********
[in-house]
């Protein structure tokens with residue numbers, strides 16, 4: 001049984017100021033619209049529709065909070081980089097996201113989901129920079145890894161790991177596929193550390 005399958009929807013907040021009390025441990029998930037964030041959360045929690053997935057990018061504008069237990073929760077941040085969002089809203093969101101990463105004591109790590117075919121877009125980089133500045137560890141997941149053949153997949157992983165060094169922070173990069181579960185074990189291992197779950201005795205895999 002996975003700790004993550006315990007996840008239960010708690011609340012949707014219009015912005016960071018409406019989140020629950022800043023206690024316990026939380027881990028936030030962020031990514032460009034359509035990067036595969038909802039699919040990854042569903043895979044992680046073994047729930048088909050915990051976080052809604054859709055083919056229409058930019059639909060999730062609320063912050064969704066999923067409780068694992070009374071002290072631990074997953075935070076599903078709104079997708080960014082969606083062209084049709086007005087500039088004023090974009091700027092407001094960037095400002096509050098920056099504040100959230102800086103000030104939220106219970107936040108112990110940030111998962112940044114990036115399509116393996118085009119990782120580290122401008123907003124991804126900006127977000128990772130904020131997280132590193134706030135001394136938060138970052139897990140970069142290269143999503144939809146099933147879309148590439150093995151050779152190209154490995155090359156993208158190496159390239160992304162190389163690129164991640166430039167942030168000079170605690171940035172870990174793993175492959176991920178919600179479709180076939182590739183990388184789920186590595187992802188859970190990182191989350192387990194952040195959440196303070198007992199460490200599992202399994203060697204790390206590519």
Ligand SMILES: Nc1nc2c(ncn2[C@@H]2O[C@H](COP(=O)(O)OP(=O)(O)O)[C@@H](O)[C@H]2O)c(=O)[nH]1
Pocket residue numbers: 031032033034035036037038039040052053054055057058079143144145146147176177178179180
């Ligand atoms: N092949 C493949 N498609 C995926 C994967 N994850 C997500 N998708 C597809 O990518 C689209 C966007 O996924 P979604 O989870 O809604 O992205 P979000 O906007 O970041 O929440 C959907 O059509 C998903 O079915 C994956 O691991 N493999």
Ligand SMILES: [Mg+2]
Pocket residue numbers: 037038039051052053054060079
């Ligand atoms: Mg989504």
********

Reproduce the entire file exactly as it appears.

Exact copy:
[in-house]
């Protein structure tokens with residue numbers, strides 16, 4: 001049984017100021033619209049529709065909070081980089097996201113989901129920079145890894161790991177596929193550390 005399958009929807013907040021009390025441990029998930037964030041959360045929690053997935057990018061504008069237990073929760077941040085969002089809203093969101101990463105004591109790590117075919121877009125980089133500045137560890141997941149053949153997949157992983165060094169922070173990069181579960185074990189291992197779950201005795205895999 002996975003700790004993550006315990007996840008239960010708690011609340012949707014219009015912005016960071018409406019989140020629950022800043023206690024316990026939380027881990028936030030962020031990514032460009034359509035990067036595969038909802039699919040990854042569903043895979044992680046073994047729930048088909050915990051976080052809604054859709055083919056229409058930019059639909060999730062609320063912050064969704066999923067409780068694992070009374071002290072631990074997953075935070076599903078709104079997708080960014082969606083062209084049709086007005087500039088004023090974009091700027092407001094960037095400002096509050098920056099504040100959230102800086103000030104939220106219970107936040108112990110940030111998962112940044114990036115399509116393996118085009119990782120580290122401008123907003124991804126900006127977000128990772130904020131997280132590193134706030135001394136938060138970052139897990140970069142290269143999503144939809146099933147879309148590439150093995151050779152190209154490995155090359156993208158190496159390239160992304162190389163690129164991640166430039167942030168000079170605690171940035172870990174793993175492959176991920178919600179479709180076939182590739183990388184789920186590595187992802188859970190990182191989350192387990194952040195959440196303070198007992199460490200599992202399994203060697204790390206590519």
Ligand SMILES: Nc1nc2c(ncn2[C@@H]2O[C@H](COP(=O)(O)OP(=O)(O)O)[C@@H](O)[C@H]2O)c(=O)[nH]1
Pocket residue numbers: 031032033034035036037038039040052053054055057058079143144145146147176177178179180
């Ligand atoms: N092949 C493949 N498609 C995926 C994967 N994850 C997500 N998708 C597809 O990518 C689209 C966007 O996924 P979604 O989870 O809604 O992205 P979000 O906007 O970041 O929440 C959907 O059509 C998903 O079915 C994956 O691991 N493999």
Ligand SMILES: [Mg+2]
Pocket residue numbers: 037038039051052053054060079
């Ligand atoms: Mg989504």